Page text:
Magoosh GRE

How to Write a Dissertation: The Literature Review

| June 5, 2012 | 1 Comment

First of all you need to realize that you cannot review all the literature that has been written in the field covered by your research. However you do have to show extensive reading in areas which have been well-researched. The following article would coach you on how to write a literature review for your dissertation.

There are always minor research studies, some of which will be obscure and not well-known – although your supervisor will probably have read them- and if he/she hasn’t then your external Marker will have done. This being the case it is better not to include such studies in the literature review, if your sole objective for doing so is to impress the supervisor and Marker with the extensive range of your background reading.

Another problem with including too many small studies is that it will make your supervisor think that you have over-used secondary sources.


The Historical Approach to the Literature Review

If you take this historical approach to your literature review, you will start with the first major work in the area covered by your research. However if your area of research has a very long, time-honoured history then you could instead start with a more recent research study of your choosing and show how subsequent studies have agreed, or modified or perhaps even cast a great deal of doubt on this research study. You will then state where your own research fits in with that already done.

You need to show your supervisor that you understand where your research stands within the historical framework of research into your chosen area. Of course you also have to be up-to-date with the latest developments in your field, so you will give an historical overview if you choose this approach to your literature review section.

 Read More: How to Choose a Dissertation Topic

The Schools of Thought Approach to the Literature Review

If you adapt the “schools of thought” approach to your literature review section, you will have to include works done by academics who have different ideological bases for their research. You will need to discuss, for example, the Marxist approach to the topic, the constructivists’ approach, the post-modern approach and so on. You will also have to explain in which ideological “camp” your research fits.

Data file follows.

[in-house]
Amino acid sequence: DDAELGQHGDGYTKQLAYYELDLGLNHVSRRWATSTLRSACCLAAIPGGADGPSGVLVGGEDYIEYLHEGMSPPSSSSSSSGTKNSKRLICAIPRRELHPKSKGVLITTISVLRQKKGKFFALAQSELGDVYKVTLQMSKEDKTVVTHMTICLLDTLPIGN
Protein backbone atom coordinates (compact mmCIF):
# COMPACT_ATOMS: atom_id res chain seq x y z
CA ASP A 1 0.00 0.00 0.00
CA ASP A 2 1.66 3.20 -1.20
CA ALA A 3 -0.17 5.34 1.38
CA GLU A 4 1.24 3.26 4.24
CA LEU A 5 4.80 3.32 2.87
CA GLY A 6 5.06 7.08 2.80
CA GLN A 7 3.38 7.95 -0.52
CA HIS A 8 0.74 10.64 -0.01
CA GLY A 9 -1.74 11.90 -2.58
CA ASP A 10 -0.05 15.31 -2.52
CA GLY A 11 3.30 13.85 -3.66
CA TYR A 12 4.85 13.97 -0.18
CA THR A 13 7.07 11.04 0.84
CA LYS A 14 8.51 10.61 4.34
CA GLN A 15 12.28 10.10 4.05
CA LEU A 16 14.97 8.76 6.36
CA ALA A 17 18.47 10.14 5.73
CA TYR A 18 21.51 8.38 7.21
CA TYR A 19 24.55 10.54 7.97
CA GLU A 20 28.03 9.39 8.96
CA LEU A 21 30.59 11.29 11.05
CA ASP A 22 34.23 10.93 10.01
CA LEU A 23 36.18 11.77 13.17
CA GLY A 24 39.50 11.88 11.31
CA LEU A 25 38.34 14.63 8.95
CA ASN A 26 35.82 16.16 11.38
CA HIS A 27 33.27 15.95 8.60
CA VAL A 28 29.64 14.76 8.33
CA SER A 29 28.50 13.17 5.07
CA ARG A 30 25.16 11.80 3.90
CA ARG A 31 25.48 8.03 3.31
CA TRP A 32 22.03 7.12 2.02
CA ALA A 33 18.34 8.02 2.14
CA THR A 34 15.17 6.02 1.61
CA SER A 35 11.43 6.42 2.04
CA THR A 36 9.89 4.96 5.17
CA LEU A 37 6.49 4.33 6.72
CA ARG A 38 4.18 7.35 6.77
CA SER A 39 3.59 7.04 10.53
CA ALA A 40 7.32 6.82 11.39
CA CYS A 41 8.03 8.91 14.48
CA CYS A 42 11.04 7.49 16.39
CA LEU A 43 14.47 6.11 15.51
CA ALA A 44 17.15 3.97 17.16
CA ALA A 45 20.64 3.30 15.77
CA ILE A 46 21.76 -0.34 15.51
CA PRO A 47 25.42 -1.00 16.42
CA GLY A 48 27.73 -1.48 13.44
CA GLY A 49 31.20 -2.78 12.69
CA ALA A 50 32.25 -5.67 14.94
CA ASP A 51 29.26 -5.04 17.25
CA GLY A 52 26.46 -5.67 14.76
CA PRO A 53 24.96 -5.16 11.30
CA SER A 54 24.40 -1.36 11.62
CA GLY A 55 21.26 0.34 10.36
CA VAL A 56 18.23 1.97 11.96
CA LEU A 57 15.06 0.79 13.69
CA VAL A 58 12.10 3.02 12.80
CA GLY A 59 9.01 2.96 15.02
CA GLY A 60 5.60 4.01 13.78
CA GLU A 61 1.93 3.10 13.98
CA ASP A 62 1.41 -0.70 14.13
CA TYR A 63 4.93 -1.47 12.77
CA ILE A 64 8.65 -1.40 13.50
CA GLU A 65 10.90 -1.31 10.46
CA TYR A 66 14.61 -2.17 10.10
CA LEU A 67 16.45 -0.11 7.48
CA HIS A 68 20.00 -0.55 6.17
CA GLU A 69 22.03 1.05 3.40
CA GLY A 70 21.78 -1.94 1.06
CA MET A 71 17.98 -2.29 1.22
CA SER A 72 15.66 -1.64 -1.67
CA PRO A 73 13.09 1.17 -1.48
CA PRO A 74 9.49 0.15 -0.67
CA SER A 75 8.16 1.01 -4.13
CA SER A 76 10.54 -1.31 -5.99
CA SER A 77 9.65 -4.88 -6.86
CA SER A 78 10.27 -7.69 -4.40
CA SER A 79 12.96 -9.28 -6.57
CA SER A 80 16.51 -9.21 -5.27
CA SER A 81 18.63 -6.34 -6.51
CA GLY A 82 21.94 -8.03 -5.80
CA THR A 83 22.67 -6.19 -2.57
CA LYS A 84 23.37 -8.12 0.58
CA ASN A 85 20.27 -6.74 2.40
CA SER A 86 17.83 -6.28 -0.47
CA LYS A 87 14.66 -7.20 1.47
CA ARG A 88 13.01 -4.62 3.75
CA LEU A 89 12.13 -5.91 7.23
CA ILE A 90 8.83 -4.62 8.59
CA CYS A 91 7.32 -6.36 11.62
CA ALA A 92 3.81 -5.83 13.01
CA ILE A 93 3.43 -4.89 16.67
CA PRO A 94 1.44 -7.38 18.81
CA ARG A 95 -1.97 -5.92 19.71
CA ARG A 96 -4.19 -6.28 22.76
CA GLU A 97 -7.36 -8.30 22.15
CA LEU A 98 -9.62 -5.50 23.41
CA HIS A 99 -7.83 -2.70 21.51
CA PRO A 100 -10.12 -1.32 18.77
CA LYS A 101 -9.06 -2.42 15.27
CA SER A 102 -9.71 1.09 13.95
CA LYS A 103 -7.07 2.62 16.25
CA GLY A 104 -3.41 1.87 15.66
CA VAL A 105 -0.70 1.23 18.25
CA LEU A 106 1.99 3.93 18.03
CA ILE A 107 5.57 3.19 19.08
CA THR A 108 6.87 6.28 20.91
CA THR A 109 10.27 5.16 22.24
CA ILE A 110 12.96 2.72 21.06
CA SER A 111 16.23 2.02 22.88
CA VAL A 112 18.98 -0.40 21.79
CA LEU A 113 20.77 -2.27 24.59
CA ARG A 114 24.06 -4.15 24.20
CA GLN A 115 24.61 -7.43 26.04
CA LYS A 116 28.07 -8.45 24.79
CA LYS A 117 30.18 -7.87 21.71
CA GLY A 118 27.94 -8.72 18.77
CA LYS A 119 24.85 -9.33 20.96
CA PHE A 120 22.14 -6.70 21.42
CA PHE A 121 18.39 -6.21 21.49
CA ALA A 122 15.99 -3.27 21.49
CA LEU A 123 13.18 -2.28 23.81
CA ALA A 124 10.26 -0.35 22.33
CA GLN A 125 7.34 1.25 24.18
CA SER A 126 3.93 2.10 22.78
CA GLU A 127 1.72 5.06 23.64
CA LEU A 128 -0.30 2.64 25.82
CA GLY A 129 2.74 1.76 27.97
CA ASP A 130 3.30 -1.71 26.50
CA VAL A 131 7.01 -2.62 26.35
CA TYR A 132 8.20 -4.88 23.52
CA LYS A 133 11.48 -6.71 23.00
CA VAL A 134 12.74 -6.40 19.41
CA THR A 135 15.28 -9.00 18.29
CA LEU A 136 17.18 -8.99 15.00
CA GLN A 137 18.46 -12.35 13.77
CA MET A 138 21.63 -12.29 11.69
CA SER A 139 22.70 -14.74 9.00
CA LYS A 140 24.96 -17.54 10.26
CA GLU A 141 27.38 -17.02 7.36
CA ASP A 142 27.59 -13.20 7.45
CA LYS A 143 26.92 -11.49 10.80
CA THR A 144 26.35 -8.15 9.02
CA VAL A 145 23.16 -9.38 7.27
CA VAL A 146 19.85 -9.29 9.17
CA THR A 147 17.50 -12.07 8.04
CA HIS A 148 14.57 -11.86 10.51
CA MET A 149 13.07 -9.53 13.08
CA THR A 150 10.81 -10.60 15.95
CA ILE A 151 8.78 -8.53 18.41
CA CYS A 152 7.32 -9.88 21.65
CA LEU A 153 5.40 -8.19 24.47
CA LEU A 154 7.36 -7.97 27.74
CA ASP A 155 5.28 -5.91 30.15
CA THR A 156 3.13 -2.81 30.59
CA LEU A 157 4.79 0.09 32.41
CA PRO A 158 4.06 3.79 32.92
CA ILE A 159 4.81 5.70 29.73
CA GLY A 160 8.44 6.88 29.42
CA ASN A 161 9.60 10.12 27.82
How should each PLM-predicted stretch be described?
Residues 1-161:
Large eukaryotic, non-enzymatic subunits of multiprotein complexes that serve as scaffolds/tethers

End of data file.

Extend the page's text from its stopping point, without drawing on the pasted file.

For this approach you should mention the major works which are representative of the different school of thought and do this in sections; one for each school of thought.


Building on Previous Research

Your research topic may be building on previous research, but you may be taking a fresh perspective; for example your research might involve a different culture from the research undertaken in the past. In doing this you may be attempting to test the validity of earlier research to ascertain if the conclusions hold true in a different culture from that studied in those earlier research works. You may be testing the validity of a piece of research which was done some time ago, say in the 1960s and be attempting to prove or disprove its findings within a modern context.

If your research falls into this category, then you need to think very carefully about the works you include in your literature review and match those included as closely as possible with your own research.


Remember that the literature review is not a place to discuss your own research. You do, however need to show where your research comes in the scheme of other research on the same topic.

You should refer back to this literature review in the discussion or findings section of your dissertation. For example you might write “This is consistent with the findings of Carrol L. (2011) as reported in the literature review. Then there is no need for further elucidation.

Whichever approach you take in writing your literature review, stick to it and don’t mix up the different approaches. If you have taken notes well during your reading then the literature review section will not pose a problem for you.

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Category: Dissertation Writing Guide

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